YouTube Adds New Shorts Shelf to Trending Tab to Highlight Top Shorts Clips

As it strives to address the trend of short videos, YouTube has announced the addition of a new Shorts shelf view on the Trending page, which will highlight the best performing Shorts clips, in your region, at any time.

As explained by YouTube:

“We have launched a Shorts shelf on the Trending page which will showcase the most popular shorts by location. Short videos will be filtered from trending results and will instead appear as a shelf. The goal here is to improve the user experience from the Trend page. »

As you can see from the example, the update will specifically focus on the most popular Shorts clips, which should help drive more traffic to the most important content.

It will also help you with your research efforts and help you understand what people in your target market are watching on Shorts. And given the growing popularity of the option (short clips have already surpassed 5 trillion cumulative views), it could be a good way to keep an eye on the pulse and develop your own Shorts approach in the app.

YouTube also added a Shorts shelf in channel views earlier this year.

In addition to that, YouTube is also rolling out new Shorts tabs on desktop, tablets, and the web, which will give users more ways to interact with Shorts clips.

Until now, only the mobile app had a dedicated Shorts section, but again, with the option’s growing popularity, YouTube is now looking to integrate Shorts into all forms of the app.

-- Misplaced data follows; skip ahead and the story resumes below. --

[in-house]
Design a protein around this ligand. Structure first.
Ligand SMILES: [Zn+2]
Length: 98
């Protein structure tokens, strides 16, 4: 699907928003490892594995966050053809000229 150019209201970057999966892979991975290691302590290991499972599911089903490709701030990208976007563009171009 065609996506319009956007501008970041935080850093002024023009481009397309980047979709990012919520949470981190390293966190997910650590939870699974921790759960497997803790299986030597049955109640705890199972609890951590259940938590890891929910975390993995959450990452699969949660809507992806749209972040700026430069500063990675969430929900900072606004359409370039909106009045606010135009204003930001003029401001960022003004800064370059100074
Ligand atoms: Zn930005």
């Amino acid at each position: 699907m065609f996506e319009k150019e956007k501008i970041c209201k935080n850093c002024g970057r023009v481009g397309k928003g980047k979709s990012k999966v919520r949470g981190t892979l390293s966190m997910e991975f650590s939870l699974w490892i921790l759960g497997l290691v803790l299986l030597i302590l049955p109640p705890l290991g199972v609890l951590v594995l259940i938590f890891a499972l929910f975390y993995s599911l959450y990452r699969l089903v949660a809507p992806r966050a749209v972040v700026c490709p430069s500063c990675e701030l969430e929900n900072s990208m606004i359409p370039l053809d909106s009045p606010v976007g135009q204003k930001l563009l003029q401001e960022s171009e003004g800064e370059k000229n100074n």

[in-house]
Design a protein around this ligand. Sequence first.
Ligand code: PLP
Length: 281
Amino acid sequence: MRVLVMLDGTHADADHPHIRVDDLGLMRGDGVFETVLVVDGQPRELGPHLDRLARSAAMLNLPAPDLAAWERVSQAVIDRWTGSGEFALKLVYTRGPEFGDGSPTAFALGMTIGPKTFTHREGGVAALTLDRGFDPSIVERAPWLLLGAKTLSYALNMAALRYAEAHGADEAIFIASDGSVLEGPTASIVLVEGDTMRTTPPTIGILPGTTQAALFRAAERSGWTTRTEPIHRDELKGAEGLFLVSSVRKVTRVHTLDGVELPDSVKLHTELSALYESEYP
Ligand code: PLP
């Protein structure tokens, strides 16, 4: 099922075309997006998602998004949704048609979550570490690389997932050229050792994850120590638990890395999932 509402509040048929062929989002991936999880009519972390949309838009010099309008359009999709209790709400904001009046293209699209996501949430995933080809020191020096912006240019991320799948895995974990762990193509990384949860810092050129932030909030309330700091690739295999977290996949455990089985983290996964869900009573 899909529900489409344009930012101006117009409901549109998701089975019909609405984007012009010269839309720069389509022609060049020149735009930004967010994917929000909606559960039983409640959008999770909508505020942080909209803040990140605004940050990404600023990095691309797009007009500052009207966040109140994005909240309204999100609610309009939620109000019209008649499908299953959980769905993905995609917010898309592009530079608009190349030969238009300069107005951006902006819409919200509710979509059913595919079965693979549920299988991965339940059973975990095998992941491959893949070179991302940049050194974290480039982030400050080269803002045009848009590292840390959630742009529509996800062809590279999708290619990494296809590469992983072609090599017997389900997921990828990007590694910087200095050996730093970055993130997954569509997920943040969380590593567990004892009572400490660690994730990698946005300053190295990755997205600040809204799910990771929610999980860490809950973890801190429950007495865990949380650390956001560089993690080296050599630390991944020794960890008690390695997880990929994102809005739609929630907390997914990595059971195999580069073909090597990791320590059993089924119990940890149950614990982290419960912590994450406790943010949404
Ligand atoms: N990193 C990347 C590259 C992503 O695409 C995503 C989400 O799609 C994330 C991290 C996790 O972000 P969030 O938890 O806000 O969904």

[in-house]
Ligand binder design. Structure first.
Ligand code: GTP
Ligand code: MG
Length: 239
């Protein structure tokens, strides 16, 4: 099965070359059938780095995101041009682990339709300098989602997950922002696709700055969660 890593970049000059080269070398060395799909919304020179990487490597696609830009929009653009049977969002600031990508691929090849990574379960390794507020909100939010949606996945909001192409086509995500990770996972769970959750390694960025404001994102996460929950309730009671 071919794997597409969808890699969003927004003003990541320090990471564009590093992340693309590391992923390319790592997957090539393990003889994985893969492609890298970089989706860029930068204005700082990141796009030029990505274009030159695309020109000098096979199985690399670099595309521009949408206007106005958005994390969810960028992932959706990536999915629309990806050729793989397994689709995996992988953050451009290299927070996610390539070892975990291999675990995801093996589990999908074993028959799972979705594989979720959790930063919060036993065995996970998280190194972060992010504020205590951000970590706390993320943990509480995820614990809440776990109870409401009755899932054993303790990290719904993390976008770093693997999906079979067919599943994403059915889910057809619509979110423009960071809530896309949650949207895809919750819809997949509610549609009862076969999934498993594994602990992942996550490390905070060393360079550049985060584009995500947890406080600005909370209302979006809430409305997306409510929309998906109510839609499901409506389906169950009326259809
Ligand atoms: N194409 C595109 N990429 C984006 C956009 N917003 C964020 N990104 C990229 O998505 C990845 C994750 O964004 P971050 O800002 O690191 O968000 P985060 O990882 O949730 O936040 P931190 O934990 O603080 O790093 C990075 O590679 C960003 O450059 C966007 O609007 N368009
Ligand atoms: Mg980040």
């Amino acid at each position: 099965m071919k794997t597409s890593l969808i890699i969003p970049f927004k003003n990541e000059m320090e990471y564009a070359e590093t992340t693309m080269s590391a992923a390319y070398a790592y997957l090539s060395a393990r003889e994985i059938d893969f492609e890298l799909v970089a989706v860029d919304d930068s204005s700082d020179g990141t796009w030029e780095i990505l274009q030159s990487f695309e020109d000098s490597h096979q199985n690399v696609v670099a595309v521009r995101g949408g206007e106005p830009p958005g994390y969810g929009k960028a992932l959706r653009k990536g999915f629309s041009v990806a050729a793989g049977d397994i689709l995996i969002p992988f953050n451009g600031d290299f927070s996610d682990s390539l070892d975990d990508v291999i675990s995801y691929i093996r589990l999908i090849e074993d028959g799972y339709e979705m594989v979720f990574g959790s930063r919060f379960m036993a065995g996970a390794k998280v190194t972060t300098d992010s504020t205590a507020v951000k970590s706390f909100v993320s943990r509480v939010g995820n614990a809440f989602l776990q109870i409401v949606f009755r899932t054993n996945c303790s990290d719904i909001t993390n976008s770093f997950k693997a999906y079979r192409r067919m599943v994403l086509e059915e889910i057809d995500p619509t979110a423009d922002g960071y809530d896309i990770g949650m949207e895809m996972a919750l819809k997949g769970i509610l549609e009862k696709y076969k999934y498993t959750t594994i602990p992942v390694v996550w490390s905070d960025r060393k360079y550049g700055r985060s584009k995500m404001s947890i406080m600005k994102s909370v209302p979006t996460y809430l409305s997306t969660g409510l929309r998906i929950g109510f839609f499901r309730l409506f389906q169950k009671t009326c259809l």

Despite TikTok’s continued growth, YouTube remains the biggest threat to its continued success, with its more advanced monetization process functioning as a key lure for creators who may eventually feel constrained by TikTok’s more limited lucrative options.

On TikTok, creators rely on its Creators and E-Commerce Fund or brand partnerships, but on YouTube, creators can use Shorts to complement their main channel, which then brings more people back to their longer content, in which they can sign. for in-stream and pre-roll ads to monetize their work.

In other words, on YouTube you can get paid, consistently, just for being a creator, while on TikTok you may need to move on to other forms of sponsored content or product endorsements to generate at roughly the same income levels.

This could become a key sticking point, and while TikTok is still establishing other forms of monetization, YouTube is likely already stealing some of its top talent with its more advanced monetization structure.

YouTube paid creators nearly $15 billion in 2021. TikTok, meanwhile, generated around $4.6 billion in total.

Shorts may not be as good as TikTok, but as an additional way to drive traffic, that may not matter in the end.

YouTube’s new Shorts shelf in Trending is rolling out to users in the US, UK, Canada, Australia, Brazil, Germany, India, France, Indonesia and MENA, with other regions to follow.

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